Tuesday, November 25, 2014
A Salute to the Bravery of Escaping Domestic Violence
You'll pardon me if I'm a little emotional as I write this today. I just spent two days helping women who escaped from domestic abuse in Central America present their stories to Asylum Officers in the hope that they can gain the protection of U.S. law. The stories have gotten me angry, and I need a constructive way to express that anger.
Sure, there's the obvious targets of my anger: The SOBs who thinks nothing of treating their women like punching bags, or worse yet, like punching bags who had better have food on the table when I walk into the house drunk or stoned at 3:00am. The men who feel it necessary to hold a machete tho their woman's throat to show them who's boss. Who feel it necessary to use the most vile and foul language to constantly terrorize and tear down their women. Who do all of this without regard to the fact that their children are in the room, watching and learning.
I'm also angry at the machismo culture that pervades much of Central America. The culture that says a woman's identity is tied to that of her man, that says she is nothing without her man, that treats her as nothing more than property. It's a culture where girls are trapped by decisions they make at 15 or 16, when they choose a man to be with, only later to find out his violent side when it's too late. Of course, that's assuming the teenage girl hasn't been abducted by some SOB who thinks nothing of stalking and kidnapping in order to find a woman to tend to his needs. It's a culture where families won't intervene in a "domestic dispute," because, well, this is the man you chose to be with. It's a culture that adopts laws that say the right things, after all, we don't want to run afoul of the United Nations. But, when it comes time to enforce those laws, the police are nowhere to be found. Or, the police listen to a report of domestic abuse, only to do nothing. Or maybe, they will arrest the guy, only to release him the next morning, angry enough to go back to his woman to teach her a lesson for making him spend a night in jail. A culture that traps a woman, making it next to impossible for her to strike it out on her own, to make her own living without being dependent on a man.
But I'm also angry at the snot-nosed kid sitting behind the desk, who can't be more than thirty at the most, making my clients live their stories over and over again. Worse yet, when human memory isn't perfect (as it rarely is), picking apart miniscule little holes, throwing the woman off their tracks as they try to tell their stories. Using tiny misstatements as reason to doubt credibility. Picking on those misstatements instead of taking in the clear emotional pain that is clearly being expressed at the mere mention of their ex-partner's name. Using the fact that the these women do feel trapped, and for that reason did not come forward earlier, as further reason to doubt their stories. Failing to realize that just as emotionally painful it is to retell the story in front of a total stranger, it is also painful to share that story with loved ones. failing to understand that their very attitude is one of the reasons victims of domestic abuse don't come forward or try to escape.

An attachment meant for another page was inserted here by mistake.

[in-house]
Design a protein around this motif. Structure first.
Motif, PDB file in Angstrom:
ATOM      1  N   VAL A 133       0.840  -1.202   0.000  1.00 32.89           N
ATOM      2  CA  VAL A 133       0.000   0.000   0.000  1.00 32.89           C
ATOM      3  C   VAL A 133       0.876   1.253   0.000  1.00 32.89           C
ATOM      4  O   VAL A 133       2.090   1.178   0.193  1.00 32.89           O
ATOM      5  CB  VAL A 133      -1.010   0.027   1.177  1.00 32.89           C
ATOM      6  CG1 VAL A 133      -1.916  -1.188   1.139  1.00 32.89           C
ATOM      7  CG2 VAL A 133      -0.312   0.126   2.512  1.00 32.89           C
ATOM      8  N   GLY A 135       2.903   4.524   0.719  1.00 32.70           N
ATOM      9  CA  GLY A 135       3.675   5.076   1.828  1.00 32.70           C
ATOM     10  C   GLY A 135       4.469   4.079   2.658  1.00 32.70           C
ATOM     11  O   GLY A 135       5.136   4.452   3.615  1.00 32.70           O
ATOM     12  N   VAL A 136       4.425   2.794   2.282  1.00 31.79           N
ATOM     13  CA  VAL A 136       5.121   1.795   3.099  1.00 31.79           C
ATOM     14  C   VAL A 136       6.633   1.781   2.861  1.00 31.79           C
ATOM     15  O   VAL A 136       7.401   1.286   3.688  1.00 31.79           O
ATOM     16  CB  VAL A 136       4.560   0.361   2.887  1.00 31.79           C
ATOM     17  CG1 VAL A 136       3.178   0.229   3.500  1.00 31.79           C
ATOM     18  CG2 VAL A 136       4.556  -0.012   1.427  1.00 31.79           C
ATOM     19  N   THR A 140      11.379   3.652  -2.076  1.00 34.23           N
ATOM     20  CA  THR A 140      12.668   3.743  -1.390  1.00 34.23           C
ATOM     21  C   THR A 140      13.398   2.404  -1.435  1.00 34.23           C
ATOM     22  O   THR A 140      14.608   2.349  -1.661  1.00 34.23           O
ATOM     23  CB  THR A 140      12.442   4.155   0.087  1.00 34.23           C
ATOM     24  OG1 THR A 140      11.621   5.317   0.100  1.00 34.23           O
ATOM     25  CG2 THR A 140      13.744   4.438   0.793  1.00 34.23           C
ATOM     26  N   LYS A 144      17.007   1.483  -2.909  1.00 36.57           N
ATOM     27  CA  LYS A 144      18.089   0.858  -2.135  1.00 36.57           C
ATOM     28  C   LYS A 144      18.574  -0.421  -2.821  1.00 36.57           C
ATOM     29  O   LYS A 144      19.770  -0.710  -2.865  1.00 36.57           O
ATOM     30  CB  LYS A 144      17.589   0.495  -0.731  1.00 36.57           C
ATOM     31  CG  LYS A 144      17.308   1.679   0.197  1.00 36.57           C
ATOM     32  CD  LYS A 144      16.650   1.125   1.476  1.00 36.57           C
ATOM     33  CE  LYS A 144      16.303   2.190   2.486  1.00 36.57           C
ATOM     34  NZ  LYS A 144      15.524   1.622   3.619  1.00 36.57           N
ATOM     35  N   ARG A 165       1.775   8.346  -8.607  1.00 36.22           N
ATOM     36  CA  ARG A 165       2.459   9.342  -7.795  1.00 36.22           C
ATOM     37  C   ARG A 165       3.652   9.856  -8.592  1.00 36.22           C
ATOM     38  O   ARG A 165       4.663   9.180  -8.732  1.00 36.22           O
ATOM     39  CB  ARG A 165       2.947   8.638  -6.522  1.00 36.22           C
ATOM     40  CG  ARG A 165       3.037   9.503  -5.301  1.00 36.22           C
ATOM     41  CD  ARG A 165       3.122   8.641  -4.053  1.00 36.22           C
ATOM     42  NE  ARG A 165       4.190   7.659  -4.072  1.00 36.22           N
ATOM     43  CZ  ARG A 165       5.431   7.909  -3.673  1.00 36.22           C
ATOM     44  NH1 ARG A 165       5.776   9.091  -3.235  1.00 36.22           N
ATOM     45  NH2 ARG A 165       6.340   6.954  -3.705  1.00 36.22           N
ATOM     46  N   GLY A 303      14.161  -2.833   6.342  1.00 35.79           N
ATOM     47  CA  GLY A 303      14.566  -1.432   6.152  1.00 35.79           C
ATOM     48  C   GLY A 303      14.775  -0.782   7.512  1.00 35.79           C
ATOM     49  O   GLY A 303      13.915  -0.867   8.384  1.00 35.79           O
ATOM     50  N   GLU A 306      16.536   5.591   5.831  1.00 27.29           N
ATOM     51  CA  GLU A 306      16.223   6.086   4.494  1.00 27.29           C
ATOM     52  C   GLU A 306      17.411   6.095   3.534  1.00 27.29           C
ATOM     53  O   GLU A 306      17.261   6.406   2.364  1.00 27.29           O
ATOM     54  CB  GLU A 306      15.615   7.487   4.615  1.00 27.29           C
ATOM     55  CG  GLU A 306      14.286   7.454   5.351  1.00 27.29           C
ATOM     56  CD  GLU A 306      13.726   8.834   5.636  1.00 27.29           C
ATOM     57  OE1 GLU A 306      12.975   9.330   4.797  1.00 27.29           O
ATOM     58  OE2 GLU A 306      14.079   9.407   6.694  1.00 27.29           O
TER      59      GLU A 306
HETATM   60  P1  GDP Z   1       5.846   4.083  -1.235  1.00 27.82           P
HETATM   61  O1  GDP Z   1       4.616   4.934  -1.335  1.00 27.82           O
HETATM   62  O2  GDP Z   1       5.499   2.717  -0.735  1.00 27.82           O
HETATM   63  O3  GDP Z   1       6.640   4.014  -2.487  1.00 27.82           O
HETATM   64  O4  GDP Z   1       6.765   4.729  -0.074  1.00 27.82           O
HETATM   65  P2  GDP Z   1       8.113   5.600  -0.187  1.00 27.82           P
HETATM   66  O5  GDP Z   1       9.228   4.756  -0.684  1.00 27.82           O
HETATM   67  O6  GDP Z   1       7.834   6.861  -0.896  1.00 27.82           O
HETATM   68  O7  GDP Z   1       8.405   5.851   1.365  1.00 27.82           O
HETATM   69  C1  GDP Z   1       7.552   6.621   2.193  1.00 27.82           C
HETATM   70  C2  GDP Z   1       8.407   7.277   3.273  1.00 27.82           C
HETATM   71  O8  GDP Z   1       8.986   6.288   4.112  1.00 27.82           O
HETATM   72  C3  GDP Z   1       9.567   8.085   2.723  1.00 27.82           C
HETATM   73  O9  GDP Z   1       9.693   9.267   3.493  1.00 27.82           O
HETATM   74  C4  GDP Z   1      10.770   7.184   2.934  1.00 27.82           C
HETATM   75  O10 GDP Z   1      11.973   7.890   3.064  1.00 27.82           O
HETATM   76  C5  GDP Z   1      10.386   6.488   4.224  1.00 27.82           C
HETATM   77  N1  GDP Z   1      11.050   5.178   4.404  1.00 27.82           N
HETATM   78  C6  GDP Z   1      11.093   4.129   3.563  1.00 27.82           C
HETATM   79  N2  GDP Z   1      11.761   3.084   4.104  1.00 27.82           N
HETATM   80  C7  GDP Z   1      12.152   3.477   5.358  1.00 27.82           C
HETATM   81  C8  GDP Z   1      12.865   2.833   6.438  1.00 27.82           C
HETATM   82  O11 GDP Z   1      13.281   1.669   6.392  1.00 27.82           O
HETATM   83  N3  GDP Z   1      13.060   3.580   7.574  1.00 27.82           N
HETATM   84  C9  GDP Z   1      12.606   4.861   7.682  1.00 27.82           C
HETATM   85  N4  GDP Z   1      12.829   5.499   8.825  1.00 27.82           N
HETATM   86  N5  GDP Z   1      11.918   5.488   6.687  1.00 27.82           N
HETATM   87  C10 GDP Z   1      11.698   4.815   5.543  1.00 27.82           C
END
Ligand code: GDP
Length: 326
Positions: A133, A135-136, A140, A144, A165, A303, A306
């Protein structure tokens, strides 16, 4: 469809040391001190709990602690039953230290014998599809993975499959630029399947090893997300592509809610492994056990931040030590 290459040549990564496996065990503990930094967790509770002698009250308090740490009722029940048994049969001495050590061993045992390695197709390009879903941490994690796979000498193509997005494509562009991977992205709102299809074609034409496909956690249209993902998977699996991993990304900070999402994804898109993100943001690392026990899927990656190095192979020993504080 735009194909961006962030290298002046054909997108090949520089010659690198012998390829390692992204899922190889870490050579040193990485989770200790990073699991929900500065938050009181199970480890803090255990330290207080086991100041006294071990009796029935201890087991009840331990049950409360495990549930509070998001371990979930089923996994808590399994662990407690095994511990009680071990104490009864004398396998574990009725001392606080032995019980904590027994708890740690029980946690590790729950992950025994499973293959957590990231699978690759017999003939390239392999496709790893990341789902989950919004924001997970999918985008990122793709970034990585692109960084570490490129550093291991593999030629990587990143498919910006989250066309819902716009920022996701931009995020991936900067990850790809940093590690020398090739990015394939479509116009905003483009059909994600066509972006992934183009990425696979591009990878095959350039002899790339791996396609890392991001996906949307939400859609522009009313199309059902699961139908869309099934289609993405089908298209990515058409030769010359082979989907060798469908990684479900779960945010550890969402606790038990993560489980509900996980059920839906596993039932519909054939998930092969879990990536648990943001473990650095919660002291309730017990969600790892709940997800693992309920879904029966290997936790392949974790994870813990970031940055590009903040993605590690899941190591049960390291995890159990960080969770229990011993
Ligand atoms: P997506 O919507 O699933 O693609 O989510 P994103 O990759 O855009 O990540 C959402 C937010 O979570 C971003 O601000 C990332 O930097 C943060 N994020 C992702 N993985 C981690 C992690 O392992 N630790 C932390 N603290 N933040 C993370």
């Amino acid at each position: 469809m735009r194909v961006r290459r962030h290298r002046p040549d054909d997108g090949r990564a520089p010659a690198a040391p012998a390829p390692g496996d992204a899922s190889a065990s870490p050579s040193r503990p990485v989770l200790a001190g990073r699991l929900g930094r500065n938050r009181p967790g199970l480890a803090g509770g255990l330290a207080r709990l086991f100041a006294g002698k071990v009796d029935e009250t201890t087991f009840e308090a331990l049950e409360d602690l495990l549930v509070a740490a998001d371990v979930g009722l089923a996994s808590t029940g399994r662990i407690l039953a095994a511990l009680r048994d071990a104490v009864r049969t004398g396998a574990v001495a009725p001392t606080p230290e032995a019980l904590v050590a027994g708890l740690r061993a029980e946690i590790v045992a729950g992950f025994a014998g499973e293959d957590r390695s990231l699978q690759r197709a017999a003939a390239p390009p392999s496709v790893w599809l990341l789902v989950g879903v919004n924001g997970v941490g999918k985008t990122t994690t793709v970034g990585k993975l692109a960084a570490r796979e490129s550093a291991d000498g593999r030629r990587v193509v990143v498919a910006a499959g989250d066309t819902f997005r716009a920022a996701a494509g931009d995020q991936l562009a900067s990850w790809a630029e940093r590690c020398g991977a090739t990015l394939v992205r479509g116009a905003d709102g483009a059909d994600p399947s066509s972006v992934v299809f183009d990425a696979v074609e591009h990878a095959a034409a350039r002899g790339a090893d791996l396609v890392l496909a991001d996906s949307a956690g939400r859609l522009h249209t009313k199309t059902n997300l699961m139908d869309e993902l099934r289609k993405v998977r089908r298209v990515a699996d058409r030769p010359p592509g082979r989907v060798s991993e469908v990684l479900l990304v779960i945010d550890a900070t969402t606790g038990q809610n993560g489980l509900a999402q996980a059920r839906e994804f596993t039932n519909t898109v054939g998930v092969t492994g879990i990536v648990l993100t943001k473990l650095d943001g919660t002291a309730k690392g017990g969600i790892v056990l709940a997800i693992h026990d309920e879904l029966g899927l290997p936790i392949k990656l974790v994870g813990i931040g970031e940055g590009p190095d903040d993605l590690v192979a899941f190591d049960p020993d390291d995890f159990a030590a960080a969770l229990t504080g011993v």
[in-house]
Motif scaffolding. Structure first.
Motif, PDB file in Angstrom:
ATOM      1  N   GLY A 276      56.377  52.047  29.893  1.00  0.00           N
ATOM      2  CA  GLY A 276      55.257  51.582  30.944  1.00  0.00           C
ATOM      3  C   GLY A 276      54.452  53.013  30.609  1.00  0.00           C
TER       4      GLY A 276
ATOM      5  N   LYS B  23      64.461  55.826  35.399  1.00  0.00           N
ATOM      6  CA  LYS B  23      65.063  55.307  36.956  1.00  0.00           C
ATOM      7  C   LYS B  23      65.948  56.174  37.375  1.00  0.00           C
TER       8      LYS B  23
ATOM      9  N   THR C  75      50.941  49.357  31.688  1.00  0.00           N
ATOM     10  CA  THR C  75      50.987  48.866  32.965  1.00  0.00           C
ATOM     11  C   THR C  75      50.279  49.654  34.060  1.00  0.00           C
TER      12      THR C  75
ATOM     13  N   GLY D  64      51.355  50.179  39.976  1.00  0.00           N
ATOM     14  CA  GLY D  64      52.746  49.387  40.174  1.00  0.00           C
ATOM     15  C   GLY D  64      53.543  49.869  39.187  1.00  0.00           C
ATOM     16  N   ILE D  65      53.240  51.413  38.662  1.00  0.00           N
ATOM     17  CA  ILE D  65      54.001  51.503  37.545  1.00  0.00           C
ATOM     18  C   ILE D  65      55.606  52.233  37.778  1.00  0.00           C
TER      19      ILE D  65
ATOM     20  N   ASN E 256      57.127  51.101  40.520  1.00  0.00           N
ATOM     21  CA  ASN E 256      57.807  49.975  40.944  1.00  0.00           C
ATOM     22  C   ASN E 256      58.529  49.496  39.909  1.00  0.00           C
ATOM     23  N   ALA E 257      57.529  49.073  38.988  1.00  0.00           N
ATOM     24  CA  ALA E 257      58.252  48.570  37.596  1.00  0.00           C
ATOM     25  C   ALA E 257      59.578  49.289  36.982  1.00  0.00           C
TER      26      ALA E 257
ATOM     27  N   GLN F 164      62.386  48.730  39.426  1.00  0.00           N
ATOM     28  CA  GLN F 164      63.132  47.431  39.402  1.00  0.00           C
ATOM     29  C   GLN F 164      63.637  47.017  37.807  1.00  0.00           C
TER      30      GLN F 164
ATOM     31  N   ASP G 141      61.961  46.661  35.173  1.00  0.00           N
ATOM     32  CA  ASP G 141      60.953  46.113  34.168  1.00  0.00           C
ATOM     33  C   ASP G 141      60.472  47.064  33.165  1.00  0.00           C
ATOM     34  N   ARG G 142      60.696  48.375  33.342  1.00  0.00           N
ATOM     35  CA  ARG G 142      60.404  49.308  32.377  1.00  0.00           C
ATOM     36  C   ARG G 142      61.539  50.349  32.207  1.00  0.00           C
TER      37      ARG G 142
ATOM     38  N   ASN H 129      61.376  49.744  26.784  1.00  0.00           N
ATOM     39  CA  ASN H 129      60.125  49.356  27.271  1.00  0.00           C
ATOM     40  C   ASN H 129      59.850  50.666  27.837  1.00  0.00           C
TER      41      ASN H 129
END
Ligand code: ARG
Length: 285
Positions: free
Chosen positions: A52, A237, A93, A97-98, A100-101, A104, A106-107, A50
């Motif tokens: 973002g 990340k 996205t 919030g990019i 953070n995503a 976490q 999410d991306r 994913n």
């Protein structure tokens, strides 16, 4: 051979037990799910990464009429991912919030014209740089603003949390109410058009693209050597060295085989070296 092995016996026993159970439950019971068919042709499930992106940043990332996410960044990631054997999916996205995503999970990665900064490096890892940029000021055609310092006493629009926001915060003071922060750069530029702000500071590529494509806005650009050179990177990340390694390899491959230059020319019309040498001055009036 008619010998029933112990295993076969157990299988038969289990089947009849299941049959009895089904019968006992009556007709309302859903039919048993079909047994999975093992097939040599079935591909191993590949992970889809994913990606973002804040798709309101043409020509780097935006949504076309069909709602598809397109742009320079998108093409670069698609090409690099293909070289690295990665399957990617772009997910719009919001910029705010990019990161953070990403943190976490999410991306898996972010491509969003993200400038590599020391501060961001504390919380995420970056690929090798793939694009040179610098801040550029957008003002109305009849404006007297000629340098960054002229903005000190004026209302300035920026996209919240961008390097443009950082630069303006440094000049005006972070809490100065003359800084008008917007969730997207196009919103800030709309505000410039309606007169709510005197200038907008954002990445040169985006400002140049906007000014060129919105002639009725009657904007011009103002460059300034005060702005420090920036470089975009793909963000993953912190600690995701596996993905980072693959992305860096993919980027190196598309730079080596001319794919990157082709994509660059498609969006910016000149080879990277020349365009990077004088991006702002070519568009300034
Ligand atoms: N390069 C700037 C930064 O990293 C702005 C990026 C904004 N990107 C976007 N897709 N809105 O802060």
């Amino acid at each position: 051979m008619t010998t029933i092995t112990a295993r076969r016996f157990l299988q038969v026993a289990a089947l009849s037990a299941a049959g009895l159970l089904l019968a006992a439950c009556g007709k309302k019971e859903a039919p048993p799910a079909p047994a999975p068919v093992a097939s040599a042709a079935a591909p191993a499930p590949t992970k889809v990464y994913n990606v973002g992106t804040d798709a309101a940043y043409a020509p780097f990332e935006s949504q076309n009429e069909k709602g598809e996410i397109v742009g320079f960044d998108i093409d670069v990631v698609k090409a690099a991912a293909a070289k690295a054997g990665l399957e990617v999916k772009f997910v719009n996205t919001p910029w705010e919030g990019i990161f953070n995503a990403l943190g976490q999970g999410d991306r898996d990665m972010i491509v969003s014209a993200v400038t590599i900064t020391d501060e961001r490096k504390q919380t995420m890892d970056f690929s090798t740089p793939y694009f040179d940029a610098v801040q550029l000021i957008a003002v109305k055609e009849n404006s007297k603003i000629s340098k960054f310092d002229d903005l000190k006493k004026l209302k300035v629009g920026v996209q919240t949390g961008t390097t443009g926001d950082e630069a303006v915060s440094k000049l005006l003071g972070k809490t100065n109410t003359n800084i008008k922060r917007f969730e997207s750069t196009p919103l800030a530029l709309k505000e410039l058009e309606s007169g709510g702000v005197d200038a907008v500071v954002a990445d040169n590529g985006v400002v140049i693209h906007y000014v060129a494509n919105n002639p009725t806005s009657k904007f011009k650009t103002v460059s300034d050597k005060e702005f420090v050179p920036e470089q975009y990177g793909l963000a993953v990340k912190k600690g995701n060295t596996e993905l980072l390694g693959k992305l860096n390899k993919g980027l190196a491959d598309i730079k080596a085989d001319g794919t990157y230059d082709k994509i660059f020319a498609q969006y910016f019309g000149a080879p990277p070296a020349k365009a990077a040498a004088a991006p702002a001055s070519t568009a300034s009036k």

I'm angry because someone has trained this snot-nosed kid to be this way. Someone has trained him to suspect everyone seeking asylum in this country as just being a liar looking to stay in the United States the easy way. Someone has trained him to be cold-hearted and skeptical.
I'm angry because just as the Board of Immigration Appeals releases a precedential decision that makes it clear that women who are trapped in abusive relationships that they cannot leave can indeed seek the protection of U.S. asylum law, critics, like those at the Daily Caller and Brietbart, who see it as nothing more than a way to open the flood gates to people who would flout our immigration law for the purpose of obtaining federal benefits. Critics who would probably think nothing of telling me that all I've done is to assist those illegals in an effort to obtain amnesty.
And yet, it is in the face of all this that women like my clients had the courage to leave and seek protection. They risked their lives leaving violent men, men who often continue to seek them out and threaten harm. They risked their lives on the trip north, often knowing that the very Coyotes who are helping get into the promised land are going to rape them before leaving them off at the Rio Grande. They face their fears over and over, telling their stories to their friends, their families, their lawyers, all before reaching the skeptics in the U.S. Government.
So pardon me if today I am a little angry, angry at a system that requires women to be brave in order to flee domestic violent and seek refuge in a place like the Untied States. A system that likely exacerbates the emotional and psychological damage that has already been done.
By: William J. Kovatch, Jr.
(571) 551-6069 (ESP)